Justice Riley said while he accepted the guilty plea, he was "concerned" that Curr continued to seek to minimise the seriousness of his conduct.

"I do not consider that you have a full appreciation of just how serious your conduct was. I do not think you have fully accepted responsibility," he said.

"However, I also do not think that you will offend in this way again."

Justice Riley sentenced Curr to six months in jail, to be suspended immediately upon him agreeing to enter a 12-month good behaviour bond.
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Old 15th Apr 2018, 12:23
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Question Double Standards

00:05: I guess this guy also has to go to jail https://www.shutterstock.com/video/c...illage-in.html

Source: random stock video
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Old 15th Apr 2018, 14:46
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Originally Posted by Hot and Hi View Post
00:05: I guess this guy also has to go to jail https://www.shutterstock.com/video/c...illage-in.html

Source: random stock video
Cars are supposed to be on the road. Helicopters, not so much.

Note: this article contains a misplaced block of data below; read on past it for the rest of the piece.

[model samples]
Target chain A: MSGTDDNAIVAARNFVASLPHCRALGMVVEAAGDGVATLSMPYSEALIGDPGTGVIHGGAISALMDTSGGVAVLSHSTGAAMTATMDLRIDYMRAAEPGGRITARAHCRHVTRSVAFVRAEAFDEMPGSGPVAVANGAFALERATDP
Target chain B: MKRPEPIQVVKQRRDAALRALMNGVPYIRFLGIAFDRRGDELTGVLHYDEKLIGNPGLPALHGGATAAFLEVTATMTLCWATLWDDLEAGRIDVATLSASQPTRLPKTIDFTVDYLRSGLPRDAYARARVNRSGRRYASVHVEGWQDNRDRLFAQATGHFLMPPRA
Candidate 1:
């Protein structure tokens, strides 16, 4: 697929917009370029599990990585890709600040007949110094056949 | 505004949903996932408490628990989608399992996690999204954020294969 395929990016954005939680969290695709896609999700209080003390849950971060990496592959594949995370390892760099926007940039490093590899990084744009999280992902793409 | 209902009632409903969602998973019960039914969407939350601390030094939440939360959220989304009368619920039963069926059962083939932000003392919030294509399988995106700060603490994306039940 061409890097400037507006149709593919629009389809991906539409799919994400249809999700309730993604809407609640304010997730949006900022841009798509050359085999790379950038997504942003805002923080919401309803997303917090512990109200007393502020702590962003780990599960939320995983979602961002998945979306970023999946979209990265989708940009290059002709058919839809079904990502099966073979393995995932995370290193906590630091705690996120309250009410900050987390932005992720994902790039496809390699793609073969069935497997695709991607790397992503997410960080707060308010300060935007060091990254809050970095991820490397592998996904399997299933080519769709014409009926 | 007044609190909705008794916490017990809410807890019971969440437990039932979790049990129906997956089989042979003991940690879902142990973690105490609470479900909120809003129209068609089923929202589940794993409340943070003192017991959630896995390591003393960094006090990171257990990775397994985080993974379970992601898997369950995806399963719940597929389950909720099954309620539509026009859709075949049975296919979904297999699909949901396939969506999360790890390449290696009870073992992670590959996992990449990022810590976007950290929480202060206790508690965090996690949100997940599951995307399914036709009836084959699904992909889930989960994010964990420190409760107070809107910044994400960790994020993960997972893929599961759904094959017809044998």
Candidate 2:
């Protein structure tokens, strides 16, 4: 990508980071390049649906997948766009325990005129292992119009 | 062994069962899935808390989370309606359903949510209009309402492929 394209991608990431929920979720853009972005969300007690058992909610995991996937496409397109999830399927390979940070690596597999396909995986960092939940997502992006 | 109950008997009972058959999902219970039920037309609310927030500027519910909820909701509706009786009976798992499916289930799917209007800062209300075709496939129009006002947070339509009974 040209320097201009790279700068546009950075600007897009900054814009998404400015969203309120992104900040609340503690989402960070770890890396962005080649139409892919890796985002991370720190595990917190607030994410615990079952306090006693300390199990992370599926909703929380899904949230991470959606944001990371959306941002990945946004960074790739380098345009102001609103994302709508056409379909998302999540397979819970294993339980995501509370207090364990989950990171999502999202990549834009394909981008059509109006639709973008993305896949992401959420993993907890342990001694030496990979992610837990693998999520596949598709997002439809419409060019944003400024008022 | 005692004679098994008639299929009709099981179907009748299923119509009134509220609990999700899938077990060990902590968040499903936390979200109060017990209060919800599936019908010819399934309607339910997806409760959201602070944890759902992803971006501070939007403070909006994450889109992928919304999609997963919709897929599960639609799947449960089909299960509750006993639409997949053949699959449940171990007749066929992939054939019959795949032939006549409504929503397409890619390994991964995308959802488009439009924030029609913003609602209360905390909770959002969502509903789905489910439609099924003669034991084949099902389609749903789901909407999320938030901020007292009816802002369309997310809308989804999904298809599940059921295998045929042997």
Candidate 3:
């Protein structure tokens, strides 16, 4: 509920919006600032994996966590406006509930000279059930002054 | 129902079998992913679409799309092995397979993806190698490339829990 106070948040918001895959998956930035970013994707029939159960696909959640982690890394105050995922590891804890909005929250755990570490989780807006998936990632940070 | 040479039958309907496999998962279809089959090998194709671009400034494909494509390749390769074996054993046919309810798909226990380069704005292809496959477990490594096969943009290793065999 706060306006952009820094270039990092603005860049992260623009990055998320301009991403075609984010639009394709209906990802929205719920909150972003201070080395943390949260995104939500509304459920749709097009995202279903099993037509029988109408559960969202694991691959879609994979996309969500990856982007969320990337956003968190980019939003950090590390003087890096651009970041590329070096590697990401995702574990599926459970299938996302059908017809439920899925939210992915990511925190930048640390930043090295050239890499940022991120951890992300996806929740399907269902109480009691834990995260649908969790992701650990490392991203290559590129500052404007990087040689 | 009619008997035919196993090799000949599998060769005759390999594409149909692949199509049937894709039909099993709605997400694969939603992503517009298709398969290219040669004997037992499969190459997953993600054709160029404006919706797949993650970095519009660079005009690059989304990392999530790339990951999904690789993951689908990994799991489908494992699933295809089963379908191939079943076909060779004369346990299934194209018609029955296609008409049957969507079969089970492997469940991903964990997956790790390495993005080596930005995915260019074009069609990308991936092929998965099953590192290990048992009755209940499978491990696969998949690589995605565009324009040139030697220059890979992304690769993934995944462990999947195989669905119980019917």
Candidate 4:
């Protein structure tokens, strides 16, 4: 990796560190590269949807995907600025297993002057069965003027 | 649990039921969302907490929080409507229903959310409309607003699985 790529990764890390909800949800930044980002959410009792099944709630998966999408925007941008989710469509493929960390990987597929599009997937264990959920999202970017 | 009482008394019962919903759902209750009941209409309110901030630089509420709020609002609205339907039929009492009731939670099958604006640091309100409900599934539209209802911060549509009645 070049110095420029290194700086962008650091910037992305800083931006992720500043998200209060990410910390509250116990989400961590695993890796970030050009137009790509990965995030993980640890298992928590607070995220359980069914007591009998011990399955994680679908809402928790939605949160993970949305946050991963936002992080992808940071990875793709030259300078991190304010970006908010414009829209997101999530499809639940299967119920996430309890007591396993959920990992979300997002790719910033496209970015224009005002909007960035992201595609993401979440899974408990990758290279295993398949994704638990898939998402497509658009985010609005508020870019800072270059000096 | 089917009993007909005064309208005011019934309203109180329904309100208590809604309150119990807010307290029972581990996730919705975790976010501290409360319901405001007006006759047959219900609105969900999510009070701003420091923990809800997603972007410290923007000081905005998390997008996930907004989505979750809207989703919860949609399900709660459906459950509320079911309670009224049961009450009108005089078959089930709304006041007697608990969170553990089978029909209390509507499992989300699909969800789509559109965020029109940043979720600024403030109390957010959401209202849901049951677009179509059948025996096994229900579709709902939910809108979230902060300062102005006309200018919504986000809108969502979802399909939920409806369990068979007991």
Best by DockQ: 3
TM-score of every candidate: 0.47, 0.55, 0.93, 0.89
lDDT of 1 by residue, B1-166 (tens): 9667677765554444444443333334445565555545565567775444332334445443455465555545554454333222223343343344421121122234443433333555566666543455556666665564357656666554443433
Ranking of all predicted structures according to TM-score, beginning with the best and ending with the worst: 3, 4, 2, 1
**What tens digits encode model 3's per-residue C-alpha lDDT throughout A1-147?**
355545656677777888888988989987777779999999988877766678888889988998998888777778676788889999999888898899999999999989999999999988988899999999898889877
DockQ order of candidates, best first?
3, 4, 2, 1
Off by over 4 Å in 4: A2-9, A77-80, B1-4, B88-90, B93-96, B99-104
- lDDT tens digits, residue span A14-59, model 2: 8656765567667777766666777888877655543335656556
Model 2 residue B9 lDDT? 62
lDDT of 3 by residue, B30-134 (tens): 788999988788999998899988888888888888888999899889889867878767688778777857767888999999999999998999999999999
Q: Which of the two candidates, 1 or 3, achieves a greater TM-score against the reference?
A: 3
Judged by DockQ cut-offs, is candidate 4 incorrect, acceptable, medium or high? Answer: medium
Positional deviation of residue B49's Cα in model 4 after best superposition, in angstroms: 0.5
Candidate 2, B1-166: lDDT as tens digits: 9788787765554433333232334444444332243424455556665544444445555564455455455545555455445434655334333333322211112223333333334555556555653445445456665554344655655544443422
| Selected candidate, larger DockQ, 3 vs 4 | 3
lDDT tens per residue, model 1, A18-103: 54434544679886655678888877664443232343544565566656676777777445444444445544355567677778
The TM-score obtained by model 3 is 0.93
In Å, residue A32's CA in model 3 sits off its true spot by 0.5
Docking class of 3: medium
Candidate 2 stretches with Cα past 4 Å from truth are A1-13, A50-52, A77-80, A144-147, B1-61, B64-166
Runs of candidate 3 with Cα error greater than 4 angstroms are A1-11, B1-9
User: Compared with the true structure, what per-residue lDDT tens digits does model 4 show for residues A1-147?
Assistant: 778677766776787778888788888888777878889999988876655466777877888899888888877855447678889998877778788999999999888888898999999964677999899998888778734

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Old 15th Apr 2018, 15:46
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reminds me of an episode of the a team.
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Old 15th Apr 2018, 16:34
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That car driver should certainly go to jail, for driving on the wrong side of the road for starters.
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Old 15th Apr 2018, 17:15
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Originally Posted by helonorth View Post
Cars are supposed to be on the road. Helicopters, not so much.
Yes, this is the accepted convention. This could explain why the layman, faced with this unconventional situation, "voluntarily leant backwards" as if at risk of "being struck". The layman may be excused.